Here on the blog, I’m going to try to tackle a few Nashville insurance questions that I get asked routinely by clients and prospective clients. One of the most common: When should I take my grown kids off my car insurance policy, and push them to get their own?
The answer, in my opinion, is like most answers when it comes to insurance: It depends.
There’s no across-the-board “best” approach, here, but there probably is an approach that’s best for your situation, and your child’s. By and large, you need to weigh out a few key factors to make this decision.
Here’s what I’d think about, and where I’d start a pros/cons list:
Your child’s age
Some parents think of age 18 as the bringer of all things responsibility — you’re now legally an adult, so you should be responsible for your adult things, like insurance. I get that thought.
But let’s say we’re looking at things from a family standpoint, in a purely dollars-and-cents way.
Insuring a young driver is expensive, however you cut it. If you add your 18-year-old to your policy, it can make the rates jump as much as 80 percent, according to a 2015 study. Yiiiiikes.
That said, your increase is still often less than what the teen’s own policy would cost. According to that study, the cost of an individual policy for an 18-year-old driver would be almost 20 percent more than the jump in a parents’ policy.
When your son/daughter turns 25, however, rates tend to drop considerably. So if you’re just looking for a basic lower number, waiting until that 25th birthday might be your best bet.
Whose name the car is under
This one’s more cut and dry. If your son/daughter is driving a car registered in your name, you can opt to keep him/her under your policy. It might make sense to, since you have a financial stake in the vehicle.
But if your child registers a car in their own name, they’ll need to get their own insurance policy.
This is something you might want to talk about if your child is going off to college in another state, and wants to establish residency there. Registering a car in their name in the new state is a step in that direction.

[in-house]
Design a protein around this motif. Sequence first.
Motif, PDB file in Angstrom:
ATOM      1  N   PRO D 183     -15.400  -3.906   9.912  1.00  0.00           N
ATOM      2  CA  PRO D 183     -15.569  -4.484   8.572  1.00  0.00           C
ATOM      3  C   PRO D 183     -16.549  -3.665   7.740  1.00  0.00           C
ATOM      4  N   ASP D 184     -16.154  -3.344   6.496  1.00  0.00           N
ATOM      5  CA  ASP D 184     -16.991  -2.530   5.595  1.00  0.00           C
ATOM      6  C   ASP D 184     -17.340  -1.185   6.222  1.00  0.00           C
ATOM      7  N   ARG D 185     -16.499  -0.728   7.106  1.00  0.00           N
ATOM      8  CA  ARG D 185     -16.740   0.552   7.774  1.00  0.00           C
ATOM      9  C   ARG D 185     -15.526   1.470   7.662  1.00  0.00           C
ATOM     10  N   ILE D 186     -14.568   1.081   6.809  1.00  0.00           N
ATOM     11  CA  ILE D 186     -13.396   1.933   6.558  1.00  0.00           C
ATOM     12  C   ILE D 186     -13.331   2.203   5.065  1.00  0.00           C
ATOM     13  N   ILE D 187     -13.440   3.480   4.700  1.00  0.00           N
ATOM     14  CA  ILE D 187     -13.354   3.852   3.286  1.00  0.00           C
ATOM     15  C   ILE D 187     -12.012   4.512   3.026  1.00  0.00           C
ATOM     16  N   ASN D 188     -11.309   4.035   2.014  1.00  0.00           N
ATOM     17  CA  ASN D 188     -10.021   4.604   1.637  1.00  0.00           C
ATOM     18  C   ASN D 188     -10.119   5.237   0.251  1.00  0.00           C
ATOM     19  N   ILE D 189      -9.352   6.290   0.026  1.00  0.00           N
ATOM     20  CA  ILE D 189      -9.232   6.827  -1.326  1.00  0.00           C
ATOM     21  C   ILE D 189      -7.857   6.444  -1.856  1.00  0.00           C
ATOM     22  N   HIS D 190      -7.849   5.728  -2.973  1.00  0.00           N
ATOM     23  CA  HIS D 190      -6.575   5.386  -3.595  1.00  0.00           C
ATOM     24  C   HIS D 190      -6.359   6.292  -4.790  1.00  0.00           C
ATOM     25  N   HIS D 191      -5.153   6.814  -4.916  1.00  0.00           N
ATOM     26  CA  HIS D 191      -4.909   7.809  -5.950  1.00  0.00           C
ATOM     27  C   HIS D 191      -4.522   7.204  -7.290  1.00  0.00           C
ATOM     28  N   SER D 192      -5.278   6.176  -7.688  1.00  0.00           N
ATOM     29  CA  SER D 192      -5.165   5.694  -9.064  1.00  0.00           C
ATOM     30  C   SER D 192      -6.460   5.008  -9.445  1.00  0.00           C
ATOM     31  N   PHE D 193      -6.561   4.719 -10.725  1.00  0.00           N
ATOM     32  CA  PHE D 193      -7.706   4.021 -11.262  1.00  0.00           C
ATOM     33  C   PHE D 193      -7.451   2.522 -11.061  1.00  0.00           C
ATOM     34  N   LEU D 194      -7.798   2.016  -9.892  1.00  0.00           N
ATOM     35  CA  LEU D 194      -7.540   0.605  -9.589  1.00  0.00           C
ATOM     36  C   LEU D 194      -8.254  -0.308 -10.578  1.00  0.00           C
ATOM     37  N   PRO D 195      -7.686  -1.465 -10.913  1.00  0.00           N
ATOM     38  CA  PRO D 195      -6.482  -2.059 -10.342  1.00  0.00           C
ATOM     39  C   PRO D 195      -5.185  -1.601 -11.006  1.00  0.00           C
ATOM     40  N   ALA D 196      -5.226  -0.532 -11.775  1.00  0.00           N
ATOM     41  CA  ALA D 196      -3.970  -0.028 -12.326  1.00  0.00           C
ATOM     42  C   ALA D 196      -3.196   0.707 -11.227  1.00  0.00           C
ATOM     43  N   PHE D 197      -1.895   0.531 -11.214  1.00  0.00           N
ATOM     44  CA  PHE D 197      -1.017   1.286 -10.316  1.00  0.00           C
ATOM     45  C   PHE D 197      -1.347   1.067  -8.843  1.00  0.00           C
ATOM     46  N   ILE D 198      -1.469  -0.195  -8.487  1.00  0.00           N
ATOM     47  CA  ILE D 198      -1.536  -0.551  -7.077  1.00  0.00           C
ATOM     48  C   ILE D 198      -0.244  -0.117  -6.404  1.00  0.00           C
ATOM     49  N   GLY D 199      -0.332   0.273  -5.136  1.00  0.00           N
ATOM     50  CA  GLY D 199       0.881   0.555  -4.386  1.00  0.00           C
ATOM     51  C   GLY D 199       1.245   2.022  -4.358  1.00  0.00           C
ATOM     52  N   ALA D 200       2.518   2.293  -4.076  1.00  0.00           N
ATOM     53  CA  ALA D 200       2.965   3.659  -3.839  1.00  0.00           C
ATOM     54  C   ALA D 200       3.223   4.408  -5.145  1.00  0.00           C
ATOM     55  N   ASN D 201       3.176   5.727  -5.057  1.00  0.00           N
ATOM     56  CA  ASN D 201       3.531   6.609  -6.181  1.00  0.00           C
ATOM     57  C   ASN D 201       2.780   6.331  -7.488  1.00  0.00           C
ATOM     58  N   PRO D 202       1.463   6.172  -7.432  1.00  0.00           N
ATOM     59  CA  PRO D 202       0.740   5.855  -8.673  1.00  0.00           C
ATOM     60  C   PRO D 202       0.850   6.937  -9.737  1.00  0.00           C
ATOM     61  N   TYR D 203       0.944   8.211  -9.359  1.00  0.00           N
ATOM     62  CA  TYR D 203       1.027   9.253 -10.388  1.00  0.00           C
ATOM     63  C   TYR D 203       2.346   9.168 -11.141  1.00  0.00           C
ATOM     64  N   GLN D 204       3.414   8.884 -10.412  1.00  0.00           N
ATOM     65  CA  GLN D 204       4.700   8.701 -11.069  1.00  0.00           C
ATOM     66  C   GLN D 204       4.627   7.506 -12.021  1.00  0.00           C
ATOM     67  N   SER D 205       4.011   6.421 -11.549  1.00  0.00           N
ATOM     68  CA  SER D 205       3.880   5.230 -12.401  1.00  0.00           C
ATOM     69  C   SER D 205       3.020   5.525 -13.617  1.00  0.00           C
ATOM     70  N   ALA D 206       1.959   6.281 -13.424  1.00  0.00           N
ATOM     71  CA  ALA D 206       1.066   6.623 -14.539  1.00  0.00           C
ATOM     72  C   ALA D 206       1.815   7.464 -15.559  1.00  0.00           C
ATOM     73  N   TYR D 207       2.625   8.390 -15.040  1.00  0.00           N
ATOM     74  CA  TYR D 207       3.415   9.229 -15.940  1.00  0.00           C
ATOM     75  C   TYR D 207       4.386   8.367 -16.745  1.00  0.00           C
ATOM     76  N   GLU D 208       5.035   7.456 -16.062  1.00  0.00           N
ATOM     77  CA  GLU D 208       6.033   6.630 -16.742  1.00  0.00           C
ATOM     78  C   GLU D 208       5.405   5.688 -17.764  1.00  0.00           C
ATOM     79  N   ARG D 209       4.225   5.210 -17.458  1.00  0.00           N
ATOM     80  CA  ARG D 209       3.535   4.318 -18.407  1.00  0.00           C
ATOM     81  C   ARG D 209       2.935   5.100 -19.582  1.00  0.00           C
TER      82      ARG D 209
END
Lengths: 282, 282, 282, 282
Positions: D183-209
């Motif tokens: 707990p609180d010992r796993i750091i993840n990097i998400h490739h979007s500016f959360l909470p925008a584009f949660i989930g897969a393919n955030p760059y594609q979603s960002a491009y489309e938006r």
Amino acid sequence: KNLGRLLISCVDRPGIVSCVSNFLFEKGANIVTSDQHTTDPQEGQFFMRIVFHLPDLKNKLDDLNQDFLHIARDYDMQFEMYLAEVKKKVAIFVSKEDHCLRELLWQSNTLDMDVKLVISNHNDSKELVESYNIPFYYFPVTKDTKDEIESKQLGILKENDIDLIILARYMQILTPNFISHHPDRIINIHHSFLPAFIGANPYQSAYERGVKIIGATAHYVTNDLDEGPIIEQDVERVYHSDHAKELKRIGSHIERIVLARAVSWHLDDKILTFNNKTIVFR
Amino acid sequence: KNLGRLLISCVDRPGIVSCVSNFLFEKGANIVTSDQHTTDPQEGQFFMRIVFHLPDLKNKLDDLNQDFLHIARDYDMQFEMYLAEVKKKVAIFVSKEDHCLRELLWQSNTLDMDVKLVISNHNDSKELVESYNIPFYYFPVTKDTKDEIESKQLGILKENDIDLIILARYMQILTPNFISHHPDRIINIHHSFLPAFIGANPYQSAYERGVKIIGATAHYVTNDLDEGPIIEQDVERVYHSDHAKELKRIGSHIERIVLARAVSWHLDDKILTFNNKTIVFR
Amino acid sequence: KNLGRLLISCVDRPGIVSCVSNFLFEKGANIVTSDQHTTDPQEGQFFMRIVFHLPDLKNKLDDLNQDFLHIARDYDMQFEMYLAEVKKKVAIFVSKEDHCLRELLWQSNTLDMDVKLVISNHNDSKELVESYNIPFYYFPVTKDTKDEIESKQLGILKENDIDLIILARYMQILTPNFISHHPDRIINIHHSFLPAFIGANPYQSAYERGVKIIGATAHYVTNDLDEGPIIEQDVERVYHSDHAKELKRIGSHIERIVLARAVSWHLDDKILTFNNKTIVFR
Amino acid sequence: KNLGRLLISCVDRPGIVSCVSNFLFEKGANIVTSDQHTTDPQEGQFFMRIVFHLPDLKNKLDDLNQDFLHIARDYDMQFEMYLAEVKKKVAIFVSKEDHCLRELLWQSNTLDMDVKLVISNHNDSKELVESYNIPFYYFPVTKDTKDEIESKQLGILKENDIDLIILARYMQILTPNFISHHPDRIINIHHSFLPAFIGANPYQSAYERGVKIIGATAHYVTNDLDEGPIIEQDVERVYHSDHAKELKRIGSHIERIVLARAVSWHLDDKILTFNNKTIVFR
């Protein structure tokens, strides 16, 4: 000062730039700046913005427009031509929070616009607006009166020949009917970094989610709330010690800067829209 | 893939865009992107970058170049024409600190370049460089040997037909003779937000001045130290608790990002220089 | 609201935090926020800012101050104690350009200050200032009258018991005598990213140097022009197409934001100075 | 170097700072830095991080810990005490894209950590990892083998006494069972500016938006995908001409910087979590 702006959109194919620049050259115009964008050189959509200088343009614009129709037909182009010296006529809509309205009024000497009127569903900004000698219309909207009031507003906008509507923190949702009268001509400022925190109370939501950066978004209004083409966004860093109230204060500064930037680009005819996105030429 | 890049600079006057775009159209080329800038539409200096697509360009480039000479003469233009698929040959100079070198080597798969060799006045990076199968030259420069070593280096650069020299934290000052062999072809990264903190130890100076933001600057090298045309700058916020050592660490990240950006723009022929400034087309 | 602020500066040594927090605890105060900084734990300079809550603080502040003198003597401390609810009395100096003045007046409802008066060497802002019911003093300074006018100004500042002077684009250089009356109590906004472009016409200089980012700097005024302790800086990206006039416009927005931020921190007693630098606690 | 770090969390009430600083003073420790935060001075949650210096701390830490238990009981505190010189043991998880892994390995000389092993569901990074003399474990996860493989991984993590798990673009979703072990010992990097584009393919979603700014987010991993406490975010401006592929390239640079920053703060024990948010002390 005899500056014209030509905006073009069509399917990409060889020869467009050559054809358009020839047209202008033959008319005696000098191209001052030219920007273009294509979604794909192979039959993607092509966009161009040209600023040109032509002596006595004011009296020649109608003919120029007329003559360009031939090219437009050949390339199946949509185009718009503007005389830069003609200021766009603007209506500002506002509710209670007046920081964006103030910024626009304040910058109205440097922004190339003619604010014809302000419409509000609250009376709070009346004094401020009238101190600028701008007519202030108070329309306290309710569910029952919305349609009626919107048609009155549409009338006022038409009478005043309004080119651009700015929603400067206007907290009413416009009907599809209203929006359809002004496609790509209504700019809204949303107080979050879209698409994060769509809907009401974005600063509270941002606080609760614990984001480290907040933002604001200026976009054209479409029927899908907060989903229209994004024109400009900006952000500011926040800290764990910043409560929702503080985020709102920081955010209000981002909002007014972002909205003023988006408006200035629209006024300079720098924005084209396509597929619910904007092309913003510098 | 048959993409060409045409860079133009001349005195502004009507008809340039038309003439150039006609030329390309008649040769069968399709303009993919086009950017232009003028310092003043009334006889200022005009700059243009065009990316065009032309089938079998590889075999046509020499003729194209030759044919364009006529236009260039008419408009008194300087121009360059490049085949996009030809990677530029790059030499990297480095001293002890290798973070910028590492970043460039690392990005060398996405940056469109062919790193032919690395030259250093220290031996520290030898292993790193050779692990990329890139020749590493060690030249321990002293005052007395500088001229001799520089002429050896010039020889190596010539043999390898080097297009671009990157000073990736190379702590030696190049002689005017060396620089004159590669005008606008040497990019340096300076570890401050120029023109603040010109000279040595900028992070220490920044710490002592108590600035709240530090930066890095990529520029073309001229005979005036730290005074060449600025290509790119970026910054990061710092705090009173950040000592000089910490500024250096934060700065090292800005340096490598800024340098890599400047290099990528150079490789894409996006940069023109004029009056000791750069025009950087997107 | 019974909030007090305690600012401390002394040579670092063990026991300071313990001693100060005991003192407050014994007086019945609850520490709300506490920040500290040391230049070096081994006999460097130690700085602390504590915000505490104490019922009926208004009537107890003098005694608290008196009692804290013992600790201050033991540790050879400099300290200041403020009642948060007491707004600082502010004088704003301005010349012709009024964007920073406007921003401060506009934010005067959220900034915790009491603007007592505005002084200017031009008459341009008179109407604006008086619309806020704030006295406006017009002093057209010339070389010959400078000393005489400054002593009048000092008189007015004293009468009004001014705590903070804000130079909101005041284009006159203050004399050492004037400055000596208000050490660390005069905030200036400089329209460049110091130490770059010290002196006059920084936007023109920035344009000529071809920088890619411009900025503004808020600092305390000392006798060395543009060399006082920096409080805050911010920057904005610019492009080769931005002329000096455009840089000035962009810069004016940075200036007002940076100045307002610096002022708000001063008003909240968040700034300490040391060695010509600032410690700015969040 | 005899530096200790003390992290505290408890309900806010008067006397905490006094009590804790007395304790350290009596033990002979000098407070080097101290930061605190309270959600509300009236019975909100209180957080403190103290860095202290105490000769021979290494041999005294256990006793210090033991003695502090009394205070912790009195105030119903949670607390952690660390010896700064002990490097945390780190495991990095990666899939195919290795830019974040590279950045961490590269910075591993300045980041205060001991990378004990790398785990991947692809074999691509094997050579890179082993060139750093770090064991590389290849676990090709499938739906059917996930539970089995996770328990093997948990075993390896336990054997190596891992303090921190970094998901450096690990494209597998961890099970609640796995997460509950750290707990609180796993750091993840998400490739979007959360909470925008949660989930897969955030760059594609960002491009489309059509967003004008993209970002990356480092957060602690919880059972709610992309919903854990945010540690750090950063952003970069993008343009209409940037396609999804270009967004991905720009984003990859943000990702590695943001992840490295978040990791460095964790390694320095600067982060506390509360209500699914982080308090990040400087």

Your child’s credit history
We know how important good credit history is — on top of a kajillion other things, credit problems can make your insurance payments increase.
At 18, though, your credit is, at least by the credit bureaus’ metrics, bad. In that it’s nonexistent. Establishing adult stuff like paid insurance bills in your name helps establish a credit history. So if this is something you/your child want to start working toward early, an insurance policy can be helpful — especially if we work on getting them well covered, like with a car insurance/renters insurance bundle.
Your child’s driving record
This is kind of a delicate topic to tackle, but it’s a real thing that you have to consider. If your teen/early-20s driver is, let’s say, not the most conscientious behind the wheel, it affects rates in a big way.
The more violations on your child’s record — speeding tickets, accidents — the more of a risk insurers see, and the higher rates tend to go. (Here’s a more thorough rundown of things that can make car insurance rates rise.)
So, here’s what you have to consider: Do you want to absorb those increased rates, or do you feel it’s your child’s responsibility? Can your child afford to absorb those rates?
Whichever way you decide to go, more money’s going out the door. It’s basically a case of where the bills are being sent.
There are benefits, for you and your child, to sticking with your policy. Higher rates might mean your kids end up choosing a policy with insufficient liability coverage. You, on the other hand (especially if you heed my advice), probably have more extensive coverage that could protect him or her from a lawsuit.
I know this seems like a lot of factors to juggle. It’s why I’m here: I can help you weigh all of this stuff out, and find a balance that works for you.
If you’re shopping for insurance in Nashville, I’d love to help make it easier for you. Here’s a little bit about why I think working with an independent agent like me is better than the DIY route. I know I’m biased, but this conclusion is part of why I went into this business. I’m an agent, and a believer.